Environmental Affairs responds to public comments on listing of rainbow trout and brown trout as invasive species

The Department of Environmental Affairs (DEA) has responded to stakeholder comments on the listing of rainbow trout and brown trout as invasive species. Following the amendment to the National Environmental Management: Biodiversity Act’s Alien and Invasive Species Regulations to list Rainbow Trout and Brown Trout, there has been a petition against the listing of these species that is misleading stakeholders.

The department has responded as below:

Trout are invasive in suitable waters in South Africa and there is no scientific evidence to the contrary. The risk assessments for the species are clear, and they are on the basis of the decision to list the species. Therefore the DEA, the Department of Agriculture, Forestry and Fisheries (DAFF), the Department of Water and Sanitation (DWS), provincial authorities, supported by national and international ichthyologists, as well as the Operation Phakisa: Oceans Economy secretariat, recommended that trout be listed as invasive species.

It should be noted that the decision to list a species, or change its listing, goes through a long process that involves various role players. It has been proposed that the two trout species be listed as Category 2 species. Category 2 means that the species can be utilised, with a permit. This category is there to recognise that there are invasive species that have value, and can be utilised under conditions. For example, the forestry industry is not prevented from growing Category 2 pines, wattles or gums. Rather, areas are agreed upon where these Category 2 species may be grown, and they are given permits to conduct their work. The Department’s focus is to stop invasions of the species outside of the demarcated areas in which these Category 2 species may be utilised. There is no difference with respect to trout, or any other Category 2 species. Accusations that this categorisation of trout as Category 2 species will destroy the industry are untrue.

In the case of fish species like trout, there is also a recognition that most invasions are a fait accompli. It is hugely expensive � and often highly improbable � to try to recover from such invasions in rivers. This is why the focus is on trying to contain the spread and allow catch-and-release in the area in which such species are caught.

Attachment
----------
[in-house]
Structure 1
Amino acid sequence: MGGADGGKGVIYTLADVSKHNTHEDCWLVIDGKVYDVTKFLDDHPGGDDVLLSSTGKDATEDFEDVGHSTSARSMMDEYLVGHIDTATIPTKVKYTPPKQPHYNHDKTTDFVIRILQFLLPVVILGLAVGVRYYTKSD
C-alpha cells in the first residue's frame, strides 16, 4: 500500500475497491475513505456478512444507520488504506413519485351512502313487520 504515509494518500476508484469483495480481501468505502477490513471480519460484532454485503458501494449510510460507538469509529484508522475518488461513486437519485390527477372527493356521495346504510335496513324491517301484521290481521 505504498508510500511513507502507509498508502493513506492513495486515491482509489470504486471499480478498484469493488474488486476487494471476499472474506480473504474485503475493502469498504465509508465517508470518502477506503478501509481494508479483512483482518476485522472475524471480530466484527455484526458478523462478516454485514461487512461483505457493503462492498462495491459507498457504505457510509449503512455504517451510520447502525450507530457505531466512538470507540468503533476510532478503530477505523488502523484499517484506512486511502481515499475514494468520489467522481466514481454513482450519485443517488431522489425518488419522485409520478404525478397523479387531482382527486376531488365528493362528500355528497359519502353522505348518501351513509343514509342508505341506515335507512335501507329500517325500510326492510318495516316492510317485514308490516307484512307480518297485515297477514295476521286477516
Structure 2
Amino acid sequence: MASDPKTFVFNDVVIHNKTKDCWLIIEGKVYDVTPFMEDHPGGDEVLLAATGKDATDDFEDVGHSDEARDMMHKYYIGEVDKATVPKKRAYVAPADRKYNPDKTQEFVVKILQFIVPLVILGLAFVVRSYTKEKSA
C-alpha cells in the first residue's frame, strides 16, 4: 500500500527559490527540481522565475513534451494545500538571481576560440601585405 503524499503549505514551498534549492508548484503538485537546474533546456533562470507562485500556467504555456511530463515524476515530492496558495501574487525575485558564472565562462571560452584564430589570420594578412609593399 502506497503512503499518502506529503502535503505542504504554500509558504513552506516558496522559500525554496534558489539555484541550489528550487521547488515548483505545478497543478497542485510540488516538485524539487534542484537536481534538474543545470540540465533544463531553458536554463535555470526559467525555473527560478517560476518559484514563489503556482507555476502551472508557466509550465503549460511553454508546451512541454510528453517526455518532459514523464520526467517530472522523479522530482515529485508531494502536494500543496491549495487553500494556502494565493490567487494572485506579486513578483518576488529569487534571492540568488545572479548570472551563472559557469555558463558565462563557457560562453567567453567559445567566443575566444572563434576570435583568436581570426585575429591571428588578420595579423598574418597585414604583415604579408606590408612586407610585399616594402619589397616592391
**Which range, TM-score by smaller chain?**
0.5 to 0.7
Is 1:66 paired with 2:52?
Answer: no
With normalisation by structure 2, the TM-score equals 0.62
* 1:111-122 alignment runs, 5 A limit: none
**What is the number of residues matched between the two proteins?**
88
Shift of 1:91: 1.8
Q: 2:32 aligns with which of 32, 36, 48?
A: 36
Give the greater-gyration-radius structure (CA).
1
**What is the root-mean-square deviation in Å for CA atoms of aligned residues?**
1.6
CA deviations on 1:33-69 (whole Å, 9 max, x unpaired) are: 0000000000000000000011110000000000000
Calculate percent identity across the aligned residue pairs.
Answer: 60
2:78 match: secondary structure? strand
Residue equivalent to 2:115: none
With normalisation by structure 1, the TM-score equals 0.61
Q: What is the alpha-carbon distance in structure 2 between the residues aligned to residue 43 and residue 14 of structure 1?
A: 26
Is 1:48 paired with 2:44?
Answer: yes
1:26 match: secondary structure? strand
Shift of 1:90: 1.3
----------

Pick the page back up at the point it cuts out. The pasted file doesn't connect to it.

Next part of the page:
In these circumstances, it is intended that the following will happen:

1.1 Trout will be listed as Category 2 species.

1.2 Trout hatcheries will need to apply for permits. These are likely to be long-term permits (40 years is currently being considered), allowing hatcheries to breed, sell and distribute (live) trout. Those acquiring the live trout will have to have a permit for the trout. We see no reason to inhibit the further growth of the hatchery industry in the demarcated areas (based on the work done by the specialists, with input from the industry), providing conditions are met. There can be concerns about water quality, for example, that would need to be addressed.

1.3 Operation Phakisa has set transformation in the intended growth of the aquaculture industry in general, and for trout in particular.

1.4 As there is no intention to remove trout species from dams within the areas mapped by the authorities, scientists and industries as trout waters, the regulation of these will be done to reduce both administrative and regulatory burden. It is felt that a long-term permit might be the most efficient, and that these might even be able to be issued as through a self-administrative process with the industry. Note that these dams include private instream dams, even though that water does not belong to the owner of the dam. However, it forbids the introduction of trout into waters outside of these demarcated areas (except were there to be a permit justified by a risk assessment considered by the Department).

1.5 A permit will also be required for the introduction of trout into rivers, streams, wetlands, natural lakes and other bodies. These waters do not belong to any individual, so they have no right to stock it with trout, should they so wish to do so � just as they cannot put poison or sewage or any other material into that water body.

1.6 As experts in invasion biology, we are aware of the risks of other invasions � bass, carp and other invasive fish; extra-limital invasions such as by sharp-tooth catfish, and invasive pathogens. It is only through regulating such species that their spread into the so-called trout waters may be prevented. In other words, bass will destroy many trout waters, if their movement is not controlled.

Thus, notwithstanding what has been portrayed by some sectors of the industry, there is no threat to responsible trout aquaculture, or to the value chain. There is no reason why a responsible trout hatchery in a demarcated area should be inhibited in any way to grow its business. The same is true of a farmer with a dam with live trout, in a demarcated area, provided s/he takes the necessary responsibility. The same is true of a fly-fisher in a river, providing that they do not stock the river without a permit to do so. If trout die off in any numbers in South Africa, it will be because of other invasives, or habitat destruction.

It is the considered view of the Department and its partners (and the Senior Council who assessed the options for the Department) that the brown trout and rainbow trout are correctly listed as Category 2 invasive species. It is further our collective view that this listing poses no threat to trout aquaculture and the trout value-chain. Indeed, the invasive legislation � and its vigorous enforcement � is pivotal to sustaining these industries.

Source: Government of South Africa